the photoshooter's journey from taking to making

THE HYBRID APPROACH

 

By MICHAEL PERKINS

THE RECENT LOWFI MOVEMENT IN PHOTOGRAPHY, immediately following the rise of digital imaging, was something of a reflexive spasm, a retro-reaction against the feared extinction of film (still not arrived as of this writing). Its chief weapon was the plastic toy camera, its principal quest a stubborn return to unpredictability, a celebration of the flaws, defects and deficiencies of film photography, made novel, even holy, once the bad old pixels threatened to end them for all time. Such is human nature: if you want people to brush after every meal, threaten to outlaw toothbrushes.

But not every primitive is a genius, and not every hipster wielding a $35 Diana with light-leaks, color streaking, vignetting and fixed-focus was serving up masterworks under the low-fi credo “don’t think, shoot”. Turns out that a lot of lousy cameras produced…..a lot of lousy pictures. Funny thing: shooting with bad gear is no more a guarantee of “authenticity” than a Leica is of artistry. But that doesn’t mean low-fi is a complete write-off.

What kept me from pledging myself to the plastic was the guaranteed cost of financing film, whether the pictures were great or horrid. Whether you produced dynamite or duds, you paid for each image twice, once for the consumption of the stock itself and once more for the extra time needed to plan and process shots. It was, for me, a constant reminder of all the compromises forced upon photographers by that medium. I occasionally loved the look but despised the labor.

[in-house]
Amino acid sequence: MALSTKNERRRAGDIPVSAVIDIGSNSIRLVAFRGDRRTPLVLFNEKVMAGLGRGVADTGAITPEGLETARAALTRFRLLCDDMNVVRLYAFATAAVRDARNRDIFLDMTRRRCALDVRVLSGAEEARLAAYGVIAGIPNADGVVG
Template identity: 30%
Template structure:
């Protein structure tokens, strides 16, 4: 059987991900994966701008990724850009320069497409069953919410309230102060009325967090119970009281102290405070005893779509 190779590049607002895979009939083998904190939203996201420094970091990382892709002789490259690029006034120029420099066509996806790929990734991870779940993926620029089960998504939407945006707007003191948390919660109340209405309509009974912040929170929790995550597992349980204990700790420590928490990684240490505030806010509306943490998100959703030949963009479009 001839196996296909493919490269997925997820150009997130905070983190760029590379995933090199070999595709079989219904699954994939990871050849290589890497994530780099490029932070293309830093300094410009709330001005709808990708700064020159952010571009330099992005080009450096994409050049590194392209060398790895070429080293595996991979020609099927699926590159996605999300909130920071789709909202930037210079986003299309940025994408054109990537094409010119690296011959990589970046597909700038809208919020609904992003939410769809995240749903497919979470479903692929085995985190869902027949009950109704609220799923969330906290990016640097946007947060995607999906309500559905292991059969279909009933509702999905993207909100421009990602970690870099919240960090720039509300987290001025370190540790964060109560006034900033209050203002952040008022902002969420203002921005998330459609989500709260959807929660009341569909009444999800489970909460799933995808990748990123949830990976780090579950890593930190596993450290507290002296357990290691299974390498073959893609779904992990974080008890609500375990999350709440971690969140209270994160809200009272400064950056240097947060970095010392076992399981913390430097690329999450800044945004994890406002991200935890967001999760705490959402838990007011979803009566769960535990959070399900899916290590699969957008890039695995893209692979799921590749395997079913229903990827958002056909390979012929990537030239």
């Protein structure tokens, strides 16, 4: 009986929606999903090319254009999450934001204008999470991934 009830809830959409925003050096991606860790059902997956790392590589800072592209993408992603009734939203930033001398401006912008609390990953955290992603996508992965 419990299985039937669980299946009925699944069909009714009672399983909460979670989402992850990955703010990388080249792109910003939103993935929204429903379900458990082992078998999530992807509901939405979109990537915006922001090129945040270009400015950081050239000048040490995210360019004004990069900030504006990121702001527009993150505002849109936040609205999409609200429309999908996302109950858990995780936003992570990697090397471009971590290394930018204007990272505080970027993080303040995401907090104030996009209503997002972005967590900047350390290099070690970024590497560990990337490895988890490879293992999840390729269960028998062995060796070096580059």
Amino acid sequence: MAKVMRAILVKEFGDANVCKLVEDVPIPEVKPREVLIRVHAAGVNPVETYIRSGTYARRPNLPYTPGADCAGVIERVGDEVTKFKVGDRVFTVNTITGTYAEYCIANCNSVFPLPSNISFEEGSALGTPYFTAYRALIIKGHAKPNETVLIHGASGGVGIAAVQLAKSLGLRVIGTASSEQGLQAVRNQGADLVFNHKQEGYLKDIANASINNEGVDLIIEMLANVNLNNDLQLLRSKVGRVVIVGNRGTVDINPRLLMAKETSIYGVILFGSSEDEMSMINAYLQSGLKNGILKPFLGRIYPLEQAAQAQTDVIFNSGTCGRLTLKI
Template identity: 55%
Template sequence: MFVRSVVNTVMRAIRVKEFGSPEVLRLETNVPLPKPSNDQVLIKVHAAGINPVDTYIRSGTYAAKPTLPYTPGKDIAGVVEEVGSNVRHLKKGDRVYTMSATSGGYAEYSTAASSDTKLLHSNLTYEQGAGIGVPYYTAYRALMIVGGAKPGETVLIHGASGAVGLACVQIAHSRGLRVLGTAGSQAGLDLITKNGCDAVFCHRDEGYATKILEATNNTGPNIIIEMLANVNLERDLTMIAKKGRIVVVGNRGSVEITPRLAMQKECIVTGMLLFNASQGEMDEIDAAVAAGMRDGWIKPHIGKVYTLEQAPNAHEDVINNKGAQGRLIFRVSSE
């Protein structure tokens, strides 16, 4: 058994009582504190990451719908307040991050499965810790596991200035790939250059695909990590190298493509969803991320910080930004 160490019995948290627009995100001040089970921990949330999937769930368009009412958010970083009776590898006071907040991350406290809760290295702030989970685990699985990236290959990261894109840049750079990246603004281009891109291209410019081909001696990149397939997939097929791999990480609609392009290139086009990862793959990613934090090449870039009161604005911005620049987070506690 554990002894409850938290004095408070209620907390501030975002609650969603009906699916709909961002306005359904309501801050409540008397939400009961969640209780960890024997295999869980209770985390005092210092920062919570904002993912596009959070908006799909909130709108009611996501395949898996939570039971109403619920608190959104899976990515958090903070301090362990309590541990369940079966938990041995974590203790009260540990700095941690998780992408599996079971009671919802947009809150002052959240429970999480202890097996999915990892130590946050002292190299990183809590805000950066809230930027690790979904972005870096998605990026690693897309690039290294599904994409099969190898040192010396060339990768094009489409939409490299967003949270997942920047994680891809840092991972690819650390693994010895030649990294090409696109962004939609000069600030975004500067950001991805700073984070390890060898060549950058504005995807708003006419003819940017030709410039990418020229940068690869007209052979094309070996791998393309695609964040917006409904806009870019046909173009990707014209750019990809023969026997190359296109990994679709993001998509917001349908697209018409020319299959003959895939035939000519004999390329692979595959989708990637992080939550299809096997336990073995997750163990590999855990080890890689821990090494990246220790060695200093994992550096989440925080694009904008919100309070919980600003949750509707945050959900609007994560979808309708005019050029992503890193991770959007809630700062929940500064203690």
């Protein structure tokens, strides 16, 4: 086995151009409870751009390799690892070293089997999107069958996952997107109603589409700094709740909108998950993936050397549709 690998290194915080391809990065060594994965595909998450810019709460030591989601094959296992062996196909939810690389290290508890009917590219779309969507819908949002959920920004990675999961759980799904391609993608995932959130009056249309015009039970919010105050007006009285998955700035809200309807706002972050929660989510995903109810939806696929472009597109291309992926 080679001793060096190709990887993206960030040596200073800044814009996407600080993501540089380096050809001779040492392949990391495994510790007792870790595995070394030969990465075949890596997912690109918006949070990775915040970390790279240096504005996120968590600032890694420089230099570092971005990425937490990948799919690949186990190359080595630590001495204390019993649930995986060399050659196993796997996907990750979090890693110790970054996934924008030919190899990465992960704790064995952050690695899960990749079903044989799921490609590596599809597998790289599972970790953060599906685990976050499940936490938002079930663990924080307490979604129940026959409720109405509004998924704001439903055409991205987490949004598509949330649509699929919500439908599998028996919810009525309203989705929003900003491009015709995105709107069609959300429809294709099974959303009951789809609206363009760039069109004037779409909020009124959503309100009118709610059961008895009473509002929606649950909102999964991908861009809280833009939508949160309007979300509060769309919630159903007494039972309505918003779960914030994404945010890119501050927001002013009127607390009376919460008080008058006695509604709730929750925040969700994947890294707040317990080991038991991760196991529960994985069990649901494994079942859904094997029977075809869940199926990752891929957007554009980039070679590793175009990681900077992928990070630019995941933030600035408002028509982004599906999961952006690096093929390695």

Enter the hybrid solution, introduced a few years back: a lens typically made for a Holga toy camera but minus the Holga body, adaptable to both Nikon and Canon DSLRs…..a cheapo lens (typically under $25), loaded with divinely low-fi features, including vignetting, fixed aperture (f/8) frozen focal length (60mm), stiff-as-a-board “zone” focusing (turn to the “mountain” symbol to shoot a landscape!) and a rear lens cap you can easily pry off with a Philips screwdriver and a modicum of swearing. We’re talking precision here.

The results? Every bit as great as you’d expect for 25 bills, mitigated slightly by your DSLR’s ability, running 100% on manual, to turn at least some straw into gold, as witness the above picture. Even at that, you’ll generate a lot of shots that you’ll try to convince yourself are “edgy”. You just won’t be laying out cash for the true nightmares. Turns out you can put a price on hipness. Or at least keep it from bankrupting you.

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